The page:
I looked again. After all, it was 5:20 in the morning. There it was, though, 1.130 at 64 degrees. I'd made a malt monster.
To clarify, my original gravity of SR3 was 1.070, which eventually resulted in 6.7 percent alcohol by volume. So an O.G. of 1.130 puts me in double digit A.B.V. territory, when I was shooting for around 8 percent, or an O.G. of 1.075 to 1.085.
This is my first crack at making a Scotch ale, so I knew I wouldn't get everything exactly right. However, I didn't expect to produce a barleywine. The problem is, I added way too much malt, and the more malt you have the higher the gravity. So for JDP 2, I'll probably cut about two pounds of malt and see where the I end up. Hopefully at a more reasonable gravity.
As for this batch, because I'm still in the testing phase, I only made two and a half gallons, but used a full package of yeast. Given how much malt and sugars are in that carboy, those yeast have plenty to eat. And with some luck, all that yeast will help the beer attenuate down to something a bit drier and drinkable. We'll see.
Man, can you imagine the alcohol bomb this beer would be if I aged a 10 or 11 percent beer in my bourbon barrel? The guys at Brewdog might recruit me.
So that's might first obvious problem. There were some bright spots, though. The wort tasted pretty good. Understandably malty, of course, but not cloyingly sweet, and the bitterness of the hops and bite of the secret ingredient came though (a small miracle, really).
Also, the color is spot on. The dark caramel amber is exactly what I wanted. It's a result of the very dark toast on the crystal malt and probably the honey. Yeah, and the use of honey and light brown sugar seemed to go well. I expected those flavors to be too sweet in the wort, but they didn't dominate the flavor at all. And because they're fully fermentable sugars, the yeast will make short and compete work of them.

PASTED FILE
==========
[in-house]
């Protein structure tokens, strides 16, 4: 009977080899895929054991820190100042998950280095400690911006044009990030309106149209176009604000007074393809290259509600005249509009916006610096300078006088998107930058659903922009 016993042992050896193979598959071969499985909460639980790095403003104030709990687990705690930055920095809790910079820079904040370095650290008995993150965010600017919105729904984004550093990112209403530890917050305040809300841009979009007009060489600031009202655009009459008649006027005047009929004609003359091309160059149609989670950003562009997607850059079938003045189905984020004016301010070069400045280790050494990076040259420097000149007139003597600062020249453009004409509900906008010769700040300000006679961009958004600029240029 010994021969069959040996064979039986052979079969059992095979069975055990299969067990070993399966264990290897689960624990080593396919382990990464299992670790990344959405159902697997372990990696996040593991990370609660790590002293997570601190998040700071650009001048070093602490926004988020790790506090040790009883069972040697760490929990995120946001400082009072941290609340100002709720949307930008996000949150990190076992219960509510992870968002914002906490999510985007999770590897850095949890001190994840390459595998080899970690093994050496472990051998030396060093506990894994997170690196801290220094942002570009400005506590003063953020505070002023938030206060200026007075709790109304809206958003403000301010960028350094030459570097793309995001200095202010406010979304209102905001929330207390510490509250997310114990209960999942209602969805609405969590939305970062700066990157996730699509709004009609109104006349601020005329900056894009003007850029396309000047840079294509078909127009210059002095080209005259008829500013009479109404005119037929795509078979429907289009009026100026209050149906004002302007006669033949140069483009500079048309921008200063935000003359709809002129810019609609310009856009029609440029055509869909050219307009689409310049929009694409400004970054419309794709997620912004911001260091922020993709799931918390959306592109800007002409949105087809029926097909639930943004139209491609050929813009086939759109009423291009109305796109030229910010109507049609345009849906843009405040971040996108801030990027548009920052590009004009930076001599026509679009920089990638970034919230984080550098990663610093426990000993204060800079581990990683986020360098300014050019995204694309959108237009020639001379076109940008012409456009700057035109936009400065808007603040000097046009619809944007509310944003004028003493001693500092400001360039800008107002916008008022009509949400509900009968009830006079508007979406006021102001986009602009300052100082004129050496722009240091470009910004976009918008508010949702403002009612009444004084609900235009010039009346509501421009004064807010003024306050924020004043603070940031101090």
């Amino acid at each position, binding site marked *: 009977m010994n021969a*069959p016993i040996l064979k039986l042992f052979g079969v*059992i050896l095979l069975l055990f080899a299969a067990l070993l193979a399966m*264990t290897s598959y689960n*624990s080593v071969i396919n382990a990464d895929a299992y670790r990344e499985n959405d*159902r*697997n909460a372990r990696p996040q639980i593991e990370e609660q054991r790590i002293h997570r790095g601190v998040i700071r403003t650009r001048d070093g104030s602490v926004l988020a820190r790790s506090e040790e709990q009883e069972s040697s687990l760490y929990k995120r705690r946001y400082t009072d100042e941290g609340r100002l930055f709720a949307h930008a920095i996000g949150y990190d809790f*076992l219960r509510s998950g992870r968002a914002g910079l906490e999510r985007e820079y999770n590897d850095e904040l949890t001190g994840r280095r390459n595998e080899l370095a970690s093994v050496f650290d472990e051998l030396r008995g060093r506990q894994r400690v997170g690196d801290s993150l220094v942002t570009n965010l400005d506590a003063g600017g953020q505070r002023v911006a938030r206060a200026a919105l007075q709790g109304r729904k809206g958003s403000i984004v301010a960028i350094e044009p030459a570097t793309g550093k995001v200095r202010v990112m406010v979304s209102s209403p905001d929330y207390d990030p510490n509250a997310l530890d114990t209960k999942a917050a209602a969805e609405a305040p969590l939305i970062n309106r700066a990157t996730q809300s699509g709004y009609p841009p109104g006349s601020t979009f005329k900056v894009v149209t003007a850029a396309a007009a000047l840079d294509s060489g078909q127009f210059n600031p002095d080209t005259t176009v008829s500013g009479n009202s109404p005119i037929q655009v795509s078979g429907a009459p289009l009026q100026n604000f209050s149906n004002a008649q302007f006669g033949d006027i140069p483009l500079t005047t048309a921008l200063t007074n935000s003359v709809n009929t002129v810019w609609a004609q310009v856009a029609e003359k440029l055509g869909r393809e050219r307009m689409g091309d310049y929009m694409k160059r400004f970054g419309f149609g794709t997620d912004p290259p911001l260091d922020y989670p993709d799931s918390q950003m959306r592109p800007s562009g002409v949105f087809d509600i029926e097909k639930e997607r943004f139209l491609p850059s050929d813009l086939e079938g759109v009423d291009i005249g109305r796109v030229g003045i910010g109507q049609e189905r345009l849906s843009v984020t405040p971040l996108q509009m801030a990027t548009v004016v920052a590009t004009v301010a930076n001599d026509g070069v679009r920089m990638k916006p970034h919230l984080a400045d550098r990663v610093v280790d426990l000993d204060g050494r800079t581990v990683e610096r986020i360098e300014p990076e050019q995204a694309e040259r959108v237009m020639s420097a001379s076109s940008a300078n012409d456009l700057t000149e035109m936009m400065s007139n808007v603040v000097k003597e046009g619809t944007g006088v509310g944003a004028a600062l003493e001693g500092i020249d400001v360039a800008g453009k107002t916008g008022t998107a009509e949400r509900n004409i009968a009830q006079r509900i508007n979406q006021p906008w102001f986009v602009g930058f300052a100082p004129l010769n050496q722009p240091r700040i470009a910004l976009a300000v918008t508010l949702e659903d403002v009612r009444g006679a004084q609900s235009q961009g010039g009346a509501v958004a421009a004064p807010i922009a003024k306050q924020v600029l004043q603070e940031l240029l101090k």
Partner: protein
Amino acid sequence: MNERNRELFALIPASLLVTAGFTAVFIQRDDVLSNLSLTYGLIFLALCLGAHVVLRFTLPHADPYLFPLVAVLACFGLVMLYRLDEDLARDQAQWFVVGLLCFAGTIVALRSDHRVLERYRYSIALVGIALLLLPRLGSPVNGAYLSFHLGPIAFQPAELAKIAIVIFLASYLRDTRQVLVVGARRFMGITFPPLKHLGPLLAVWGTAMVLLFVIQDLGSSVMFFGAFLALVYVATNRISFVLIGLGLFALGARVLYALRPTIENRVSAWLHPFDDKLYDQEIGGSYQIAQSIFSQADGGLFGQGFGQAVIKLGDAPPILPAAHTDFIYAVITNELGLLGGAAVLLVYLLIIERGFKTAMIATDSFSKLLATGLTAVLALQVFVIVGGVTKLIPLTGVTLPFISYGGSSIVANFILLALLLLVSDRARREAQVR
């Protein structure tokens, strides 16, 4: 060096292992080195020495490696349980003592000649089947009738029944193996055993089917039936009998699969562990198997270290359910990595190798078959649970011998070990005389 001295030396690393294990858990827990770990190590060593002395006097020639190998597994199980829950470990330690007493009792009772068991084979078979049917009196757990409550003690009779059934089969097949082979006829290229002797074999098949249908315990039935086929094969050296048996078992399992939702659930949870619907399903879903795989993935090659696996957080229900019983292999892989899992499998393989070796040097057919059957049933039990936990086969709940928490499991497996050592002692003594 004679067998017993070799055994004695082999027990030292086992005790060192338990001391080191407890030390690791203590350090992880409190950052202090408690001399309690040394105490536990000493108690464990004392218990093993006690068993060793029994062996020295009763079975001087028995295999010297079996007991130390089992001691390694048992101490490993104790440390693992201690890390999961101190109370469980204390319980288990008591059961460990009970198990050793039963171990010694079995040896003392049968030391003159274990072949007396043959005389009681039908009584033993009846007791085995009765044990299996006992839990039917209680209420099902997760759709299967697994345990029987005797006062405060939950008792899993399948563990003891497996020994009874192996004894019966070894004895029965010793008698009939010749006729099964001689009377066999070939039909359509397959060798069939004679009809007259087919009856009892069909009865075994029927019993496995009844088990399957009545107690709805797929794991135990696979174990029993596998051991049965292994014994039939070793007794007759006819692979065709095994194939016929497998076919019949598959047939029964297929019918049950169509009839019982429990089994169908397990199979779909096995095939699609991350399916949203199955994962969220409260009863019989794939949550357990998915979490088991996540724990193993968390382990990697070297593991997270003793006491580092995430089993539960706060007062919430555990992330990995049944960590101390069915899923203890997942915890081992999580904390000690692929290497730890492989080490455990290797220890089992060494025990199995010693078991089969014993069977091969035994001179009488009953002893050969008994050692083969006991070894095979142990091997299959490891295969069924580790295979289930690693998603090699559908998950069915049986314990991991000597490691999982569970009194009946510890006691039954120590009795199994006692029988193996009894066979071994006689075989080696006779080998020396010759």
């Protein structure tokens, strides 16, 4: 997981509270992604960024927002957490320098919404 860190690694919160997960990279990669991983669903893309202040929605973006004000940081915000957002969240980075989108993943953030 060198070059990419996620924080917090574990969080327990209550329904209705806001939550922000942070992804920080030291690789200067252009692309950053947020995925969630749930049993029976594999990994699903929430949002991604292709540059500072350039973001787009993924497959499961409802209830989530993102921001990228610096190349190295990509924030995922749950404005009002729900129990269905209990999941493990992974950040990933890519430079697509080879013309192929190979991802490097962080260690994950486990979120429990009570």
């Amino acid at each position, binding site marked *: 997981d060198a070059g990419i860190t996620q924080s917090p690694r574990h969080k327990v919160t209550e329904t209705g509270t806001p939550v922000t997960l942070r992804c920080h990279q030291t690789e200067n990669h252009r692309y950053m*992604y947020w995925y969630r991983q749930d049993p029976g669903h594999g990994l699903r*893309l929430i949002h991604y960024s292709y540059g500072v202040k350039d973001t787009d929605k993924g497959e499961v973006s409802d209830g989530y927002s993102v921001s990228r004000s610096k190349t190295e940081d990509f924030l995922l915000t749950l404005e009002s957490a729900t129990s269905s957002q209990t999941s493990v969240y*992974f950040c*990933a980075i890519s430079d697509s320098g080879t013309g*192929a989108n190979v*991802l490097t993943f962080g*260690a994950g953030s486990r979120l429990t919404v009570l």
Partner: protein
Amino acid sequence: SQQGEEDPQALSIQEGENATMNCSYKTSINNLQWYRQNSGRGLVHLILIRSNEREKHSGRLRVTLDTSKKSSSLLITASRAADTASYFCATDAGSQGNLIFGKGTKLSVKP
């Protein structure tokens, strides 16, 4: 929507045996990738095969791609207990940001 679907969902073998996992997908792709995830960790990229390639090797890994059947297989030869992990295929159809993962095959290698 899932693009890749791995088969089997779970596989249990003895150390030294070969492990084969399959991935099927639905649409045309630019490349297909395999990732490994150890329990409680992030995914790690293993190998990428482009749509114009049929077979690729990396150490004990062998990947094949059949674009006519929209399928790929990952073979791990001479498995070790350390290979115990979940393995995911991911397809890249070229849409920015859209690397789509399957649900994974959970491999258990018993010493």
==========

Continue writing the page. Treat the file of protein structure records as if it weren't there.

As for the yeast, I used a Scottish Ale yeast from Wyeast that came in this crazy pouch. There was a small yeast packet suspended in a solution within the pouch that I had to pop the day before. A few hours before pitching, I pulled the yeast out of the fridge, shook it and the pouch swelled until it looked like a brand new Capri Sun. Pretty cool. Bob at the homebrew store said the yeast were hearty and would attenuate well in the beer (yes, attenuation is the word of the day). I hope he's right. There's a lot of sugars to process.
Bob and the homebrew store are in Frederick. I had to run by the Flying Dog brewery on Friday to pick up some T-shirts, so I decided to hit the Flying Barrel and save myself a trip to Columbia or Falls Church (lot of flying shit in Frederick, no?). It's a nice little shop a couple blocks off Market Street, the main drag through the historic district. And when I say little shop, I mean little shop. I was standing across the street and it still took me a minute to spot the place. That said, it's probably a little bigger than myLocal-Home-Brew-Shop in Falls Church, but it just disappears in the warehouse building it's located in. Nevertheless, Bob had everything I needed, so no complaints.